Leilani Burke/Sun Staff Photographer

March 9, 2022

SNL’s Chris Redd Roasts Big Red

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“Thank you all for coming out… you all look… like children,” Chris Redd said as his first joke of the night. Cornell’s “children” were very different from his weekly Saturday night audiences at 30 Rock. Statler Auditorium was packed on March 6 for the Cornell University Program Board’s comedy event starring Saturday Night Live repertory player, Chris Redd.

The energy immediately picked up when Redd walked on stage. As a huge improv fan, I felt my heart race from seeing an SNL member in person for the first time. Redd has been on SNL’s cast since 2017, and in 2018, he won a Primetime Emmy Award for Outstanding Music and Lyrics for the SNL song, “Come Back Barack.” Redd has also acted in television and film, including his current role on NBC’s Kenan. Furthermore, he’s currently on his own stand-up tour, “Why am I Like This?” in the United States, and soon in the United Kingdom. Basically, he’s a busy guy — and he took his one day off to come to Ithaca.

Despite his hectic schedule, Redd has an immediate ease on stage. His love for comedy was apparent to anyone in the Statler that night, and his laid-back and playful demeanor made the jokes seem effortless and natural. Of course, that’s what the best comedians do.

His audience of college students set the tone for most of his jokes. “See I’m high just a little bit… oh yeah, you guys can’t admit you’re high because you’re children.” Similar to the recurring children joke, Redd repeatedly circled back to bits he said before. These jokes not only signaled that we grasped each word of his performance, but also nodded to Redd’s compelling comedy tactics. 

Redd capitalized on Cornell students; after all, we’re an easy punchline. “Y’all at Cornell — don’t you all have to like, give blood to be here?” began the Cornellian jokes for the evening. The most memorable part of his set was his interactions with the audience. He called on several students and asked them their name, major and where they were from. He came to understand the variety of majors at Cornell — an essential part of Cornell culture — in his hour on stage. One student shared that they’re a Human Biology, Health and Society major, to which Redd yelled in reply, “She’s studying a whole sentence… that shit had a comma in it!” After an information science major replied, Redd squealed, “Information Science?” and then continued on with a lengthy remark about what he thought it meant. He concluded matter-of-factly, “That’s what I do… confuse smart people.”

After the standard questions, he would ask what they had wanted to be when they were younger and what they want to be now. I admired these inquiries as they stretched beyond mere surface level questions. Unsurprisingly, the majority of the responses were a single resounding word: doctor. I would bet Redd’s takeaway was that Cornell is a place composed of majors with commas and a pre-med culture, and I would say he got the gist.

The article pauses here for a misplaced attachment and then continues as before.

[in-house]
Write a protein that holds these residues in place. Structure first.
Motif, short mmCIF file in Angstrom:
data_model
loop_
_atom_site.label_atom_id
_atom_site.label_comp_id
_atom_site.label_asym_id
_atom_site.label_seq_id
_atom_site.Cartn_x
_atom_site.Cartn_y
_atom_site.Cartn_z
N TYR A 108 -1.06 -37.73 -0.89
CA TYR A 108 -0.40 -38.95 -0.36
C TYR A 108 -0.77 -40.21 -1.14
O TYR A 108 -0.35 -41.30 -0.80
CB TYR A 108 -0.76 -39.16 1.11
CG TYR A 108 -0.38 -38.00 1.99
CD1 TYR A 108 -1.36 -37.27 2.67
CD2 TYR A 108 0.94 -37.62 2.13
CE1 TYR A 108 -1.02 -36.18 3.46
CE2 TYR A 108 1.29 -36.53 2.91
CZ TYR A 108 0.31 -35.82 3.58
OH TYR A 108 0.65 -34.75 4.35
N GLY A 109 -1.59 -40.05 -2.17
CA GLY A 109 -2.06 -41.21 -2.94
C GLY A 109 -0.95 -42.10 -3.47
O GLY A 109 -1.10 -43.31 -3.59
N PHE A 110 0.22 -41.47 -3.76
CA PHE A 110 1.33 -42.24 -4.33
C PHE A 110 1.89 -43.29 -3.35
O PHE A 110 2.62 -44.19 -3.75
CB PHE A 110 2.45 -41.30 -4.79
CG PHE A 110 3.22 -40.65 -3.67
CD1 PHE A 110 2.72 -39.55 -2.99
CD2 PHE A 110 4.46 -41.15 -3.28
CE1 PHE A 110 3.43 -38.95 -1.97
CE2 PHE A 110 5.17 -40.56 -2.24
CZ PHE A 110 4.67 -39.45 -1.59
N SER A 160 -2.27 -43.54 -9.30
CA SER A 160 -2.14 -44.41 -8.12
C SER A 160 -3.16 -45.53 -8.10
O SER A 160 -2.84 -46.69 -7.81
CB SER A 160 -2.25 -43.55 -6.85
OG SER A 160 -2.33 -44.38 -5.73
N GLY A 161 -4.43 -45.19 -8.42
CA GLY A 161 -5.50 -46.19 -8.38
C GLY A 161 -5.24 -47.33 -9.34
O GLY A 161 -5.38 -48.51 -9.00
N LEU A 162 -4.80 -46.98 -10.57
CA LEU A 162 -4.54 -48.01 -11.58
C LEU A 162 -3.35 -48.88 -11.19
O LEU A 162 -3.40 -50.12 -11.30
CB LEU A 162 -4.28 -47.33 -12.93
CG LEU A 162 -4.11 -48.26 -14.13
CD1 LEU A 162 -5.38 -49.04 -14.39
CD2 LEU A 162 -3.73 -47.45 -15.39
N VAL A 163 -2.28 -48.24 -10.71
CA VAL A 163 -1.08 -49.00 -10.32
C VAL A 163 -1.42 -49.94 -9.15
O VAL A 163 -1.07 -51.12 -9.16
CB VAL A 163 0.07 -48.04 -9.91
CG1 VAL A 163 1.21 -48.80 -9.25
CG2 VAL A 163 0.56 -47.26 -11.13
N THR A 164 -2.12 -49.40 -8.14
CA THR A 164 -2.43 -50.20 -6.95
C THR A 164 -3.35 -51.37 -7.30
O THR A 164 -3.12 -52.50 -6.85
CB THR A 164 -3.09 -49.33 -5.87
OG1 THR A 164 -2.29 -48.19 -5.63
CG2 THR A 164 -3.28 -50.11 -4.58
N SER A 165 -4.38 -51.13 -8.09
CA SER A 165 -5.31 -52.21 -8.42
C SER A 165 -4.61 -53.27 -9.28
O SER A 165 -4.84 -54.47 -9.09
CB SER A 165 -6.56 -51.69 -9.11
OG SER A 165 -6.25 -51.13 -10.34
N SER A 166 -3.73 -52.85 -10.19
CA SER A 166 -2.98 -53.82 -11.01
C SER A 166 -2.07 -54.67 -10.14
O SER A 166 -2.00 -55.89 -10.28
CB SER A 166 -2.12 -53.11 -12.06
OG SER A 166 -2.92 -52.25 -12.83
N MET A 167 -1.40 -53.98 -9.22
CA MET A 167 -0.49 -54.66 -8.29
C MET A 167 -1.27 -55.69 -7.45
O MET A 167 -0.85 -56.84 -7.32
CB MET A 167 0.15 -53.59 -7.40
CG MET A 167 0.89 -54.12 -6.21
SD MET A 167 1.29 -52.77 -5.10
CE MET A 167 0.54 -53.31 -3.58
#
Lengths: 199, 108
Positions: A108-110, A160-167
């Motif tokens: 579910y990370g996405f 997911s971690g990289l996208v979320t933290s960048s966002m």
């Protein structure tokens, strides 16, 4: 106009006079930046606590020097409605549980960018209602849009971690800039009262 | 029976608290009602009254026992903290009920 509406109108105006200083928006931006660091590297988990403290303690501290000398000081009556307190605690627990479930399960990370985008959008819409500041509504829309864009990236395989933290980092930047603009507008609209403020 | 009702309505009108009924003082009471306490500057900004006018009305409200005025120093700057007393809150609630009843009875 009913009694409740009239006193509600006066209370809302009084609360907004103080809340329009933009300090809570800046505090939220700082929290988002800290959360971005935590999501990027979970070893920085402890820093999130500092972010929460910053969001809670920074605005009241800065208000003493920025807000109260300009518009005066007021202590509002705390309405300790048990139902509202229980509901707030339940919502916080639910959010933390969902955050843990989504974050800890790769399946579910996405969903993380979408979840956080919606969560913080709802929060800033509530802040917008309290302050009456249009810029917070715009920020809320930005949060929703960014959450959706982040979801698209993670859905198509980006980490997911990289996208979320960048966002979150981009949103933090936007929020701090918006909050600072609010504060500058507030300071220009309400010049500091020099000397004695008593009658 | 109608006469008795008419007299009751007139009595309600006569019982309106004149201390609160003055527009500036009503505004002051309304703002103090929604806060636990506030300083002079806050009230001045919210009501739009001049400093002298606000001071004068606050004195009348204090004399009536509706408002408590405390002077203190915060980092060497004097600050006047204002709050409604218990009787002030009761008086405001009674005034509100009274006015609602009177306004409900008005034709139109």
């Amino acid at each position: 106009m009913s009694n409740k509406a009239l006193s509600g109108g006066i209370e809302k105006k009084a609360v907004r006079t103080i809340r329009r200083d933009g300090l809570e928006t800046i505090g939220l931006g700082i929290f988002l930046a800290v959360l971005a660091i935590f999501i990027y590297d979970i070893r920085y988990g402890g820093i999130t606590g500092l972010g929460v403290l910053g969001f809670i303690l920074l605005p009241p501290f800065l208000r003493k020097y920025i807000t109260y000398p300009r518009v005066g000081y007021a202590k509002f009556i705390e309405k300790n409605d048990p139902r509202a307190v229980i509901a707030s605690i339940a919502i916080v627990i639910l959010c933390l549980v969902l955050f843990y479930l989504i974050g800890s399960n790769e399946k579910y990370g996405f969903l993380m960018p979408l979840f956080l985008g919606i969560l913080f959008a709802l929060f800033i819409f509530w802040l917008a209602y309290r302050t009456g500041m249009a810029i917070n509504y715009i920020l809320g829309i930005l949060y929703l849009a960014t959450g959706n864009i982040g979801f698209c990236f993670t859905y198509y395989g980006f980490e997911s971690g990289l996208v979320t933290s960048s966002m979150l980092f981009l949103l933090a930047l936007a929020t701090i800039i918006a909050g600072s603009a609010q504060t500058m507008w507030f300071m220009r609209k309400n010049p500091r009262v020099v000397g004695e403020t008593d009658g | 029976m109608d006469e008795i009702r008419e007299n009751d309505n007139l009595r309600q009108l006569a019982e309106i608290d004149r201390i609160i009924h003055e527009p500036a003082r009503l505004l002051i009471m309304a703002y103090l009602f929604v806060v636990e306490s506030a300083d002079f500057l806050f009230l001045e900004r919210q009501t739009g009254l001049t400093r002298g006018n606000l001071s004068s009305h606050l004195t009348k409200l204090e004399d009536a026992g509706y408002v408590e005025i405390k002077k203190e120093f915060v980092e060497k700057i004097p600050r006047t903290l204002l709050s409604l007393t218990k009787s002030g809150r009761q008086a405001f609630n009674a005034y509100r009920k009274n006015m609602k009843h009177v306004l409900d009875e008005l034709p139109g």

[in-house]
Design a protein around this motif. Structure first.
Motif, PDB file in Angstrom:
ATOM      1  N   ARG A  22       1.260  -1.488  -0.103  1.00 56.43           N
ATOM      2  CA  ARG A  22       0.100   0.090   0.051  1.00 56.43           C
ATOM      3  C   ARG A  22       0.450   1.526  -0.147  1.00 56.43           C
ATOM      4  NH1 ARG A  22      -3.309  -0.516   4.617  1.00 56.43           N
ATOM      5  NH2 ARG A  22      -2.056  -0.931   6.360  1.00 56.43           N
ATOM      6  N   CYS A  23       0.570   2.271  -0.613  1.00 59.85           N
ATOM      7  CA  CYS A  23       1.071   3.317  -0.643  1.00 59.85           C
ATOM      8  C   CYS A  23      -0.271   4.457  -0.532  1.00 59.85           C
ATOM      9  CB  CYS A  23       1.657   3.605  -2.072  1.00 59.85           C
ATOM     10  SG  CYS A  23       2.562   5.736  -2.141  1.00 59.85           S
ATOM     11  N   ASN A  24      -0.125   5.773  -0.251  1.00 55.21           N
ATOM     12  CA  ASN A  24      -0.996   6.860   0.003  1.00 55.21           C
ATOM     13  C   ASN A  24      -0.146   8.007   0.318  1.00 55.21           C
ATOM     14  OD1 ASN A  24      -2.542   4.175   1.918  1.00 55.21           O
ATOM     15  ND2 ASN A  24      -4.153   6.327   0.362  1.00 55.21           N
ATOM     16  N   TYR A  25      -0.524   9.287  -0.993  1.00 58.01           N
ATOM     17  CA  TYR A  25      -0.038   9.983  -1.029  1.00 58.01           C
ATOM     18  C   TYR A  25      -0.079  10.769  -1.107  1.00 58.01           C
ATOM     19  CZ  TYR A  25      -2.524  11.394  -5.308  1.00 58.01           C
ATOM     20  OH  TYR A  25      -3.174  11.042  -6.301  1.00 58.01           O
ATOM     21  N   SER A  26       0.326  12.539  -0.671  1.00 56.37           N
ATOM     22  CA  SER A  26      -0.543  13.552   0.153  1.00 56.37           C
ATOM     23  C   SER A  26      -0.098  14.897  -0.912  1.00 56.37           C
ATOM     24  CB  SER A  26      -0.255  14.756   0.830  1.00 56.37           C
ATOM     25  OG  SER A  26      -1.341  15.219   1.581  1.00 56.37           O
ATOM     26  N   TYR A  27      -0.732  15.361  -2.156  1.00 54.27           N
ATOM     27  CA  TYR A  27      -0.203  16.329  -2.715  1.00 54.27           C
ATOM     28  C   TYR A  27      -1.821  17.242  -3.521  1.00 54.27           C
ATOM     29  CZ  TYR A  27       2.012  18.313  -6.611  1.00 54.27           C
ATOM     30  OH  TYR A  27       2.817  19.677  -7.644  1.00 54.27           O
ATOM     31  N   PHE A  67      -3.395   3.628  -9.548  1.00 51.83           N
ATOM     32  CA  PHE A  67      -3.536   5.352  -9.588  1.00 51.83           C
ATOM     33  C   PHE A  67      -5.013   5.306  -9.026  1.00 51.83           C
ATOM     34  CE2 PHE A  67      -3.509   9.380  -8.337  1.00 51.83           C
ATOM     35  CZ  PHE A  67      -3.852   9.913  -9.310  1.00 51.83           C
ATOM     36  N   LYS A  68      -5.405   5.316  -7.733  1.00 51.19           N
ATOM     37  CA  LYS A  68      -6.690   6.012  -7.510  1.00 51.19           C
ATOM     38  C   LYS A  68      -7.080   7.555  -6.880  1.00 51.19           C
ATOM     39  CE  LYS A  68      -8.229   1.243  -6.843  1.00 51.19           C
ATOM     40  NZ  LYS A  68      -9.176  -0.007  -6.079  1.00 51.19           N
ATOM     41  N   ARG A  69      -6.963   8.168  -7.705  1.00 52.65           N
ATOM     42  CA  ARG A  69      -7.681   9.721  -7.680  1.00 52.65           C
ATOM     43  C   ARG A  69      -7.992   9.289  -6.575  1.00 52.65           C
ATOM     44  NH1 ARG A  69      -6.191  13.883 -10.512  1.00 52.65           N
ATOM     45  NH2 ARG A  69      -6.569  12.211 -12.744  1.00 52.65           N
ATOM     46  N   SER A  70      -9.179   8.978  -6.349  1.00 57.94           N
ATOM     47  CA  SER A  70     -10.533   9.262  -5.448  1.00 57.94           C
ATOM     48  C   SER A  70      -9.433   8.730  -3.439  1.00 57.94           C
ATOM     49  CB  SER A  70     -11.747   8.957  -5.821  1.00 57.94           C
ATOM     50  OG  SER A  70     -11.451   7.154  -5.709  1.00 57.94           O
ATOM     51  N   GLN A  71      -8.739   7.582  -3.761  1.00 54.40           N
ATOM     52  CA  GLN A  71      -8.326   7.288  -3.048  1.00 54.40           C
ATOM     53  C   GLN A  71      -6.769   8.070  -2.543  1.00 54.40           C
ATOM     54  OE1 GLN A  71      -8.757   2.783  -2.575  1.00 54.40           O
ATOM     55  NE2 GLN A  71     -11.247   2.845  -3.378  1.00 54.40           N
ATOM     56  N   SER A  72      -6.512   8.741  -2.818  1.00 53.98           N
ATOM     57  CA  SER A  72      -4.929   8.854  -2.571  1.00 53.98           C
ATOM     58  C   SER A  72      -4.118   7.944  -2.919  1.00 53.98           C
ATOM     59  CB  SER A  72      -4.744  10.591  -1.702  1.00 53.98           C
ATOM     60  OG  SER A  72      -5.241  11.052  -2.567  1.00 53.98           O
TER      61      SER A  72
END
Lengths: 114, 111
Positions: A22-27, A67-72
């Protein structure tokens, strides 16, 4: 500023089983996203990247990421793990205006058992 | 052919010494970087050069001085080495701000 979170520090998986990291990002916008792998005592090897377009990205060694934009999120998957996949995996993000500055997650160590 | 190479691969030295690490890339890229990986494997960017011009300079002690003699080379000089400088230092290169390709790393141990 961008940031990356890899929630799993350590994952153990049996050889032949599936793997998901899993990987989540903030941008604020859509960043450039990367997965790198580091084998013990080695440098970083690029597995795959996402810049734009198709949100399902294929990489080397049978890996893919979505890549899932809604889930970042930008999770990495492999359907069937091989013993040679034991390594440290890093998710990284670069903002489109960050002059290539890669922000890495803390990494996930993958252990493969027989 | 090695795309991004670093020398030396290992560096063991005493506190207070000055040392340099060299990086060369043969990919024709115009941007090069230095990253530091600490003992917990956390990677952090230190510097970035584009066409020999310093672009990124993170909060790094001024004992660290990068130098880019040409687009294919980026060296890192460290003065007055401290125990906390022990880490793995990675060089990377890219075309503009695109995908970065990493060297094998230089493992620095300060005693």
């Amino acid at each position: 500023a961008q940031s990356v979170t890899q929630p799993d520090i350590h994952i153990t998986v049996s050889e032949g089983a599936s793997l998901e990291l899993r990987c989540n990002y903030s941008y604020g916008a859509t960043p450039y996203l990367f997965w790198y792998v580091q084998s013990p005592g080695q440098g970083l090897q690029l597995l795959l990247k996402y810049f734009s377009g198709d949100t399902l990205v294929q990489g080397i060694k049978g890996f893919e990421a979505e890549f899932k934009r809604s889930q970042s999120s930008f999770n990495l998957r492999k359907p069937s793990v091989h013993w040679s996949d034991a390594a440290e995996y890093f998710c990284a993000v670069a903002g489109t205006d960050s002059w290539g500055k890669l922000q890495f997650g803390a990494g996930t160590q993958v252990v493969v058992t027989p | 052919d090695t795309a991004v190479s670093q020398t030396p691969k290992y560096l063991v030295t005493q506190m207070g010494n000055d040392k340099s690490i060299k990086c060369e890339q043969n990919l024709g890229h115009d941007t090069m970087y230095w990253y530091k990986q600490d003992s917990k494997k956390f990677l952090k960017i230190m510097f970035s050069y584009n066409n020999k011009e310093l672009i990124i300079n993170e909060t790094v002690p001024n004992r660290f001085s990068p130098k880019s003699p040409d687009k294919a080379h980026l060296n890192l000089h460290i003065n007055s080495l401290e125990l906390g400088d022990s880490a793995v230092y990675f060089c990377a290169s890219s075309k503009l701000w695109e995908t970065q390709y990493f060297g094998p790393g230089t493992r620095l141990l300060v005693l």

Past the content itself, Redd had a consistent roast style. He frequently circled back to roasting one student for wearing a muscle tee, another for believing in love at first sight and yet another for being bad at test-taking. He also would laugh at himself. I love sketches where comedians occasionally laugh at themselves; it may be an easy move or generic reaction to make, but it works on me everytime. Whenever one of his new jokes would occasionally flop, he would say, “That’ll be good in a month!” as he laughed, hinting at the constantly evolving nature of his set. 

Although I adore SNL and the collective nature of its cast, I believe it’s important to separate comedians from the group and give them unique credit. You could see the energy in Redd from the freedom of his solo standup performance compared to scripted SNL. He demonstrated his ability to intertwine social topics with comedy, dynamically hooking into the crowd’s interests and sweeping the stage with his contagious energy. He laughed, danced and screeched perfectly at ease. Redd’s immense ability to keep the crowd laughing from start to finish signals to me that we’ll be seeing many more solo acts from him in the future. 

Redd took his one day off to come to Cornell, and boy did we love it. Cornell is a competitive and academic institution, and although we did not need to donate blood to come here, students still need to be reminded not to take everything so seriously. Cornell needed some laughter and a person to roast them, and luckily for us, we received the witty, provocative and intoxicating Chris Redd.

Gillian Lee is a freshman in the College of Human Ecology. She can be reached at [email protected]